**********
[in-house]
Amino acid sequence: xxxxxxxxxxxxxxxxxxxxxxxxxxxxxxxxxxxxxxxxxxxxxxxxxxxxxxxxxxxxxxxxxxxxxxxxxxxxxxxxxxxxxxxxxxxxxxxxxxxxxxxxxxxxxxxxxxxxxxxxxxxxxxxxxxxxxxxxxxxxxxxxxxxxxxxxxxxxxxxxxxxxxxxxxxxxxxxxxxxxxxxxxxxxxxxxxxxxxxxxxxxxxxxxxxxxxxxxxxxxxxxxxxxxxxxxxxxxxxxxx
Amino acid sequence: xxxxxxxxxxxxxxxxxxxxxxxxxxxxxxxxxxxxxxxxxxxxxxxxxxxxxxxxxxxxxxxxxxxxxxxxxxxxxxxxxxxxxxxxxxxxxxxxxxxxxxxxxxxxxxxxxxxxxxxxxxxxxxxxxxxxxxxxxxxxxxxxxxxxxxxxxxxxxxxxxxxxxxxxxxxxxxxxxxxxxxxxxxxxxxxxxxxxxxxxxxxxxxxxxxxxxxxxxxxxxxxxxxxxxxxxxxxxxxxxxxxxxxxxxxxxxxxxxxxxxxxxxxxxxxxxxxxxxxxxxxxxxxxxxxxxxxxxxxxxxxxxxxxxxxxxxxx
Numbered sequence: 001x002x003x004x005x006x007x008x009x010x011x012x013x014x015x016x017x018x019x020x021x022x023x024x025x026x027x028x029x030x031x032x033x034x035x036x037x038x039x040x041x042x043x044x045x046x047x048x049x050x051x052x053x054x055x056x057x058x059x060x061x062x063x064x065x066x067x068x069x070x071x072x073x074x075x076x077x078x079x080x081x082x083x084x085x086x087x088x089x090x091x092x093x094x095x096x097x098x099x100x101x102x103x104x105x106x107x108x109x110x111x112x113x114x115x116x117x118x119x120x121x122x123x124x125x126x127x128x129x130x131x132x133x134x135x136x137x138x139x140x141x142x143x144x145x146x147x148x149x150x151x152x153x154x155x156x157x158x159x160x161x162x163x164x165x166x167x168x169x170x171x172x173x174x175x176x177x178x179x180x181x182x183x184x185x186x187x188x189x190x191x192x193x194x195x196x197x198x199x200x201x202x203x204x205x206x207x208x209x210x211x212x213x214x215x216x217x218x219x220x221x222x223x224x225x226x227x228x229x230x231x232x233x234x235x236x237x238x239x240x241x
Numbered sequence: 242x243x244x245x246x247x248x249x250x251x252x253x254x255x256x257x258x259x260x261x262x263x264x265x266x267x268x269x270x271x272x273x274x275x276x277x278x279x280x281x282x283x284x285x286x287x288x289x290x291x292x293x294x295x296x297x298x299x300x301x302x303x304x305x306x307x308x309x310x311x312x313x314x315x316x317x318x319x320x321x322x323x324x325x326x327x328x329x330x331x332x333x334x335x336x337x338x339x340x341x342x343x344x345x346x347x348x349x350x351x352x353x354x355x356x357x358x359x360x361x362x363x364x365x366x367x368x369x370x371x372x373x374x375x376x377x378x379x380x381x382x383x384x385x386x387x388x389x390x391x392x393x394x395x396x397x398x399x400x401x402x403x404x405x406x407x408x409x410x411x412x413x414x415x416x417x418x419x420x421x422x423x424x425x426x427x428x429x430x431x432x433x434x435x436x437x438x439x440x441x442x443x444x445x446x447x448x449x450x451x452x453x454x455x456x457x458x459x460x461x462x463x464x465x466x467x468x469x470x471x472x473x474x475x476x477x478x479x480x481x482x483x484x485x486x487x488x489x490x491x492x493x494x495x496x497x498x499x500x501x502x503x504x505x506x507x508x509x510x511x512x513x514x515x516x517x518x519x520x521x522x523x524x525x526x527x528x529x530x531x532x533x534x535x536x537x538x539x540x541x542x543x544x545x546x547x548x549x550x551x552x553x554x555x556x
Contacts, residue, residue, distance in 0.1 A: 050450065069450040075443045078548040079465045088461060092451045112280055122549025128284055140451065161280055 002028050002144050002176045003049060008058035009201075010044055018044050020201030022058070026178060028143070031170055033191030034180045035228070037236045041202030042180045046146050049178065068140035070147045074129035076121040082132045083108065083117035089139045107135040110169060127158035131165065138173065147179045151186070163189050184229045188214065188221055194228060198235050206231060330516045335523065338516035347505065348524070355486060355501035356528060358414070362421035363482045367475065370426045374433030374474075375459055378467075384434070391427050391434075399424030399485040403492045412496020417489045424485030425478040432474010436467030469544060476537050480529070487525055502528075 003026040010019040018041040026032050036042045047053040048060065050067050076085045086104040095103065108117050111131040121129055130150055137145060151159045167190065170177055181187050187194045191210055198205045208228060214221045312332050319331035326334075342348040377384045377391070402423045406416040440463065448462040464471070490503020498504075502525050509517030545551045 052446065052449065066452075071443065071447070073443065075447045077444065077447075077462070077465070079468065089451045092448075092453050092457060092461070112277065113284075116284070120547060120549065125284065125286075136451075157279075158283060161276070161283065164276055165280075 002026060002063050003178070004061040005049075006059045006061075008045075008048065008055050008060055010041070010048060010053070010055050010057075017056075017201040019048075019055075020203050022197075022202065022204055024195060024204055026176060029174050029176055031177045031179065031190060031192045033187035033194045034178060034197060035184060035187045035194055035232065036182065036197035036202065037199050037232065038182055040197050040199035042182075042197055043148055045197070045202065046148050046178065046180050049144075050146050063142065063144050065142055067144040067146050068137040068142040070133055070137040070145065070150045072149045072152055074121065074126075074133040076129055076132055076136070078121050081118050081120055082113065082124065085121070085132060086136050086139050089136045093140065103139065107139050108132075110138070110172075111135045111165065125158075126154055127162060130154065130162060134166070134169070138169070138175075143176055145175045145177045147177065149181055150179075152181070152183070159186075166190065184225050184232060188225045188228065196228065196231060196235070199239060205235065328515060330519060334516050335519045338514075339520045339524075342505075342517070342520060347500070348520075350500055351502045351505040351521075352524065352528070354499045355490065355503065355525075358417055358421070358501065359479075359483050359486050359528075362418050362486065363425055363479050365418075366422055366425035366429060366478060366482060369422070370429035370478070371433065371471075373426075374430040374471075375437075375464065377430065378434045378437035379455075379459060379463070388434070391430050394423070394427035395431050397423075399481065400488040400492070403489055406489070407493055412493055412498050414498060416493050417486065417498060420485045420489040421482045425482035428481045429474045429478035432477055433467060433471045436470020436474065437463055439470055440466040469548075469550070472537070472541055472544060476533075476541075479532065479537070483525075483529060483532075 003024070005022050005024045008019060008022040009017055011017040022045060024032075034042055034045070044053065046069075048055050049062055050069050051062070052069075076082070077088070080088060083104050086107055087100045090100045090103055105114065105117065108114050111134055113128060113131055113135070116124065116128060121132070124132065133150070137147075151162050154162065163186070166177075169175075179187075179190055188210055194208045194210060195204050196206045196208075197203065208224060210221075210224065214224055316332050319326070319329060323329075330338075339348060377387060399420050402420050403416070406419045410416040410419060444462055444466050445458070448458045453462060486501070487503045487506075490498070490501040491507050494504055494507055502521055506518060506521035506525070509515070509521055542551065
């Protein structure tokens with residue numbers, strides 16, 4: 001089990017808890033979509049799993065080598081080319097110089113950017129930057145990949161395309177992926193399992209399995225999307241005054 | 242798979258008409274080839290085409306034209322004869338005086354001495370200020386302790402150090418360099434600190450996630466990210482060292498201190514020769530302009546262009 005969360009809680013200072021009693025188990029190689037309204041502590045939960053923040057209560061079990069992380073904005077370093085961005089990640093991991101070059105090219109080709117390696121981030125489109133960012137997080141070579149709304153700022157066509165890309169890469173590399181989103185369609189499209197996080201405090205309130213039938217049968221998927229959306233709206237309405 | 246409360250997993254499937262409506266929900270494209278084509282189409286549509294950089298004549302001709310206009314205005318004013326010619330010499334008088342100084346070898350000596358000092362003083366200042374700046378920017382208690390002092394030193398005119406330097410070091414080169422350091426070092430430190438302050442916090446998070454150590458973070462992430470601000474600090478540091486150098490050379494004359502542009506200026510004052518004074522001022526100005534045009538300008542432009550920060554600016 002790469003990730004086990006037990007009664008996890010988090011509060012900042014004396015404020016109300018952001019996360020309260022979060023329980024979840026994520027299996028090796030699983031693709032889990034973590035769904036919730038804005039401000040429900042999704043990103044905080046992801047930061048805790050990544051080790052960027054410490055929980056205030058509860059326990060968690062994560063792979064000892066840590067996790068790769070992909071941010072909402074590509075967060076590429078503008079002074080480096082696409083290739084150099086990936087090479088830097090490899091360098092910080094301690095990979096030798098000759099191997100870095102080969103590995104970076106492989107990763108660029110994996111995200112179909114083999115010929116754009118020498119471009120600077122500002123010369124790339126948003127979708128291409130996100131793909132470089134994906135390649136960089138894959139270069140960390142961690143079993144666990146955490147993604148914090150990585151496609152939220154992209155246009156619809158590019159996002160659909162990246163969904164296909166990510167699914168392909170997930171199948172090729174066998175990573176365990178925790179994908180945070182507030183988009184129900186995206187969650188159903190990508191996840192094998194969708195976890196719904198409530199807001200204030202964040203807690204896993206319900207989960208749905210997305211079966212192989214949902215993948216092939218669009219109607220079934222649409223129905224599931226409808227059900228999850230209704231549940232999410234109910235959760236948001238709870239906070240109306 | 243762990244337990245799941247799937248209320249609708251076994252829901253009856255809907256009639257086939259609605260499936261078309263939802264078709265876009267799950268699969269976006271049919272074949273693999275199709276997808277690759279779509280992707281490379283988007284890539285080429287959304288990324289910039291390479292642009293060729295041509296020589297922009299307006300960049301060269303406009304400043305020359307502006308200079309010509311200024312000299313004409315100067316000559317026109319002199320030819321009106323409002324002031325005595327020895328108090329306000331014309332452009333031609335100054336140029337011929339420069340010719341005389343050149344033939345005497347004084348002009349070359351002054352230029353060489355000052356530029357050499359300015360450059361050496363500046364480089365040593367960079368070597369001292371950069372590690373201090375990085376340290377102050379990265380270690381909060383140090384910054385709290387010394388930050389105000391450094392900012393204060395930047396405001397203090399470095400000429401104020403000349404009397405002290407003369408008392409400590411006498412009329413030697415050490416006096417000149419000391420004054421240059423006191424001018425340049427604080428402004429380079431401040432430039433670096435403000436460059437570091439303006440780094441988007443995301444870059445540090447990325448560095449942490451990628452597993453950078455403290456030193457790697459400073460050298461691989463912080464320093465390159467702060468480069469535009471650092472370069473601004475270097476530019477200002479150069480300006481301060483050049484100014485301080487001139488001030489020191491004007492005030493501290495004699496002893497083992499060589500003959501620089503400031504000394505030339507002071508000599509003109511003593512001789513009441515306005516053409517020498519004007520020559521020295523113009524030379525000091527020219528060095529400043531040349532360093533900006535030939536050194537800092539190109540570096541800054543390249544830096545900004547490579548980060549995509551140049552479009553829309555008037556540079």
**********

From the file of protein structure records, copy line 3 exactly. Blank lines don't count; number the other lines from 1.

Amino acid sequence: xxxxxxxxxxxxxxxxxxxxxxxxxxxxxxxxxxxxxxxxxxxxxxxxxxxxxxxxxxxxxxxxxxxxxxxxxxxxxxxxxxxxxxxxxxxxxxxxxxxxxxxxxxxxxxxxxxxxxxxxxxxxxxxxxxxxxxxxxxxxxxxxxxxxxxxxxxxxxxxxxxxxxxxxxxxxxxxxxxxxxxxxxxxxxxxxxxxxxxxxxxxxxxxxxxxxxxxxxxxxxxxxxxxxxxxxxxxxxxxxxxxxxxxxxxxxxxxxxxxxxxxxxxxxxxxxxxxxxxxxxxxxxxxxxxxxxxxxxxxxxxxxxxxxxxxxxxx